CRIME in Scarborough has fallen by 16 per cent, new figures have shown.
Between April and September, faw fewer assaults and serious acquisitive crimes in the borough were reported compared to the same period last year.
Cllr Brian Simpson, Scarborough Council’s cabinet member for safer communities, will announce the figures at a full council meeting on Monday.
He said yesterday: “It’s very good news and I’m very pleased and encouraged by these figures.
“It’s not just one agency or one set of people that is responsible, I think it’s due to the multi-agency approach that we’re taking. Its success has been borne out by these figures.
“I think sometimes the perception amongst the public is a different ball game but I hope these figures will dispel a lot of myths.
“People need to realise that crime is falling and we live in quite a safe area. We have an outstanding police team working across our local communities.”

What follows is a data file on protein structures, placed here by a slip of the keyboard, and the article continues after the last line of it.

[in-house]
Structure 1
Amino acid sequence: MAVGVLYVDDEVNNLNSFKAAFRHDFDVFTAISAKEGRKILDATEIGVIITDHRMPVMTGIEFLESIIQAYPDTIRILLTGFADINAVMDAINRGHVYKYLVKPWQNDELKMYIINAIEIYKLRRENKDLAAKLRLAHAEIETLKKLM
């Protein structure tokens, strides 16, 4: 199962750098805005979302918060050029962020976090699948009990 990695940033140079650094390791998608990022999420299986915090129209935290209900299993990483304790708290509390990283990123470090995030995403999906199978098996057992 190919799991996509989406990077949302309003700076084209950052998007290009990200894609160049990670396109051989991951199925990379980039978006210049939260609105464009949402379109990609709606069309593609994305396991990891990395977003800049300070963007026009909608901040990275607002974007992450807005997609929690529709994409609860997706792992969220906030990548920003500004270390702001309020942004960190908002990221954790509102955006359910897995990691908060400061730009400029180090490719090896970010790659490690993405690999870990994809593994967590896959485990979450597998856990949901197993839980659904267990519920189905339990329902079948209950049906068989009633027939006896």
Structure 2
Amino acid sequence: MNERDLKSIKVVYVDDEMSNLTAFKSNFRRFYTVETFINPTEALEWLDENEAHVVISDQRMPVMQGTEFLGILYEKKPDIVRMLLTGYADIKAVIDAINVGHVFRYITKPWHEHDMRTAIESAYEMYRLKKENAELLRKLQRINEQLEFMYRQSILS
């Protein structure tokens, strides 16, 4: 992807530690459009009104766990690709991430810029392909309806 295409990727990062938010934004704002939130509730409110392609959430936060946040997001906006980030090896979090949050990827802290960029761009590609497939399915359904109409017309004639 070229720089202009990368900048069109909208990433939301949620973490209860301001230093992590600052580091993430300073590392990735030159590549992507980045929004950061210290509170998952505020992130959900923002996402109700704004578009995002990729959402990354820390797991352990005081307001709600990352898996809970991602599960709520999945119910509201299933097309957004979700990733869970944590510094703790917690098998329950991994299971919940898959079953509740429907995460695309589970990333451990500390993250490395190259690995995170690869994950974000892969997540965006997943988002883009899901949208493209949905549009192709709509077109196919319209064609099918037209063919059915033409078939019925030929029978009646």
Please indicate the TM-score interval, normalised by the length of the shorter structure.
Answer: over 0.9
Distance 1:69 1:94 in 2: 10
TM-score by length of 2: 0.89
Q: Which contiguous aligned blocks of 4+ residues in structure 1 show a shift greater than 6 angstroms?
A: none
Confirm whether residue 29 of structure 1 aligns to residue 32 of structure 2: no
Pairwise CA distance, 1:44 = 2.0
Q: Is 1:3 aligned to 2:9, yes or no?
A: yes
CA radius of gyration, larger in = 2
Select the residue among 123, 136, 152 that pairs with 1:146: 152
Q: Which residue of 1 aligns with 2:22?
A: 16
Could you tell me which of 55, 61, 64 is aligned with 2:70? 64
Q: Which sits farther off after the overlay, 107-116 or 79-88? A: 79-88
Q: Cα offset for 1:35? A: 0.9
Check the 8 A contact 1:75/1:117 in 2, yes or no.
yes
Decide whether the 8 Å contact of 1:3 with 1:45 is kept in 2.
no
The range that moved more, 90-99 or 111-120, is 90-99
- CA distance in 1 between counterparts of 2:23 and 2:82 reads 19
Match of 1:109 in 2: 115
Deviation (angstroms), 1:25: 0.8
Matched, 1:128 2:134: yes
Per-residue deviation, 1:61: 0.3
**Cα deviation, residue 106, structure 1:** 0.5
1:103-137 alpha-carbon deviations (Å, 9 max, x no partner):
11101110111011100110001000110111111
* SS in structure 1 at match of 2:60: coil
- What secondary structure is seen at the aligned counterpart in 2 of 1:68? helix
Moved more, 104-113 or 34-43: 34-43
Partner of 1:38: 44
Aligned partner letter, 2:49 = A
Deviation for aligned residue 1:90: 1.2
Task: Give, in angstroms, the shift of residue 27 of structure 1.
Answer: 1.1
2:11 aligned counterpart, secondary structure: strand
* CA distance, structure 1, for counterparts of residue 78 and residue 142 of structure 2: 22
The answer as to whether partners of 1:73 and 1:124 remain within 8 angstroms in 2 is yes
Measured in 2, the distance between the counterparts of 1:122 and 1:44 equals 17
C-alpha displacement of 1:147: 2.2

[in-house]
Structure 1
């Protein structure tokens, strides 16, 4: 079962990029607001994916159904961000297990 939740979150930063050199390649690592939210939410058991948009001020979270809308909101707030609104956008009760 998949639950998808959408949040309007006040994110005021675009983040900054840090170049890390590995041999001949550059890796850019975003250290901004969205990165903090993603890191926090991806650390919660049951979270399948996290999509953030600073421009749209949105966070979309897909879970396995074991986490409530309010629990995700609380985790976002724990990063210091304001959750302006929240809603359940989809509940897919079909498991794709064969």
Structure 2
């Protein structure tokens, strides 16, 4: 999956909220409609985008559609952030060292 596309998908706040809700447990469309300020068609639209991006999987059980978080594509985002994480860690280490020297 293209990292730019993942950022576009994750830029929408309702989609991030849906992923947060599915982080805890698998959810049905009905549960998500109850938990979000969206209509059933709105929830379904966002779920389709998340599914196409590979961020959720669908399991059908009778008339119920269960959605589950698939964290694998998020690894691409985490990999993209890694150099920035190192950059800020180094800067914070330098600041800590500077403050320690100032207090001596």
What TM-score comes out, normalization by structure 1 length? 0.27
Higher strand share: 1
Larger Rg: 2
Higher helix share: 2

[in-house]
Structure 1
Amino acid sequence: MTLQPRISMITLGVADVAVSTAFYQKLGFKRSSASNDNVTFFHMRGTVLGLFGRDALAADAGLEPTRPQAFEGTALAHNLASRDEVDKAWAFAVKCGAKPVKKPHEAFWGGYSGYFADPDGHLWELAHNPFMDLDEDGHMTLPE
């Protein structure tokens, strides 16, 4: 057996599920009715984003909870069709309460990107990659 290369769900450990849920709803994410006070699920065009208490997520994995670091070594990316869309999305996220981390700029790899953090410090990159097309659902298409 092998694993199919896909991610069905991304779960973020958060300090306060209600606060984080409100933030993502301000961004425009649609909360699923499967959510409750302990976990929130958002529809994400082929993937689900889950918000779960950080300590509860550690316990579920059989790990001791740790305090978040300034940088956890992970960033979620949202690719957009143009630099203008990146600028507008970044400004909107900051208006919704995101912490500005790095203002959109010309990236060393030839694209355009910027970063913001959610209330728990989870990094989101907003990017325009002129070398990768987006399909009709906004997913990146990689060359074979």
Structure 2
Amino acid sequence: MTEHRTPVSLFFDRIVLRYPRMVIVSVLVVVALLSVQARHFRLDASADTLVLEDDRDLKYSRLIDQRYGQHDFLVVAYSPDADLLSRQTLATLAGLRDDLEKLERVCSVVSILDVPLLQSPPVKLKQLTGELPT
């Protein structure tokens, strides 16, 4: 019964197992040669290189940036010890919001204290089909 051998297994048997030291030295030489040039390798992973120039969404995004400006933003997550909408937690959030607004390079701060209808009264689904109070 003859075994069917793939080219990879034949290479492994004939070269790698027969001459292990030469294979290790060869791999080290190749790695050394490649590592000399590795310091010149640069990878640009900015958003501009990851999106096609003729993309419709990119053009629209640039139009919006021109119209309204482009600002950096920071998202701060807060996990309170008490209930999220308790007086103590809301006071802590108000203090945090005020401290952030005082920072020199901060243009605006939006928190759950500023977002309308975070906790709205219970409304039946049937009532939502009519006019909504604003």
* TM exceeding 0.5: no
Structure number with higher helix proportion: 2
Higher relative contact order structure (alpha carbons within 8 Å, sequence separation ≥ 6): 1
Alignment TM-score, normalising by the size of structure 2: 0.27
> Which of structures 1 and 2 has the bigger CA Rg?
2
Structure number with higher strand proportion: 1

The figures show assaults with less serious injuries are down by 12 per cent.
Assaults involving more serious violence are down by 53 per cent, from 40 offences to 19.
Serious acquisitive crime has reduced by 22 per cent and within the category, the number of domestic burglaries has fallen by 26 per cent.
Instances of criminal damage in the borough also dropped by 20 per cent in the period.
Tony Quinn, Scarborough’s safer neighbourhood inspector, said the police and their partners should be proud of the significant drop in crime.
He added: “The reduction in violent crime reflects some of the work we and the Community Safety Partnership have done by concentrating on key areas such as domestic violence and alcohol related crime.
“The reduction in criminal damage is particularly pleasing as it’s usually a senseless crime from which nobody benefits.
“I am certain the reduction is directly linked to all the efforts that have been put into tackling underage drinking.
“There is still a lot to do including tackling street drinkers and drug dealing, however, we are aware of these problems and will continue with our efforts to reduce them in the way we have reduced other problems.”
Reports of anti-social behaviour made to the police fell by three per cent.
Reports on the council’s anti-social behaviour line dropped by 43 per cent, although the council taking more of the calls by answer phone may have meant fewer people reported incidents.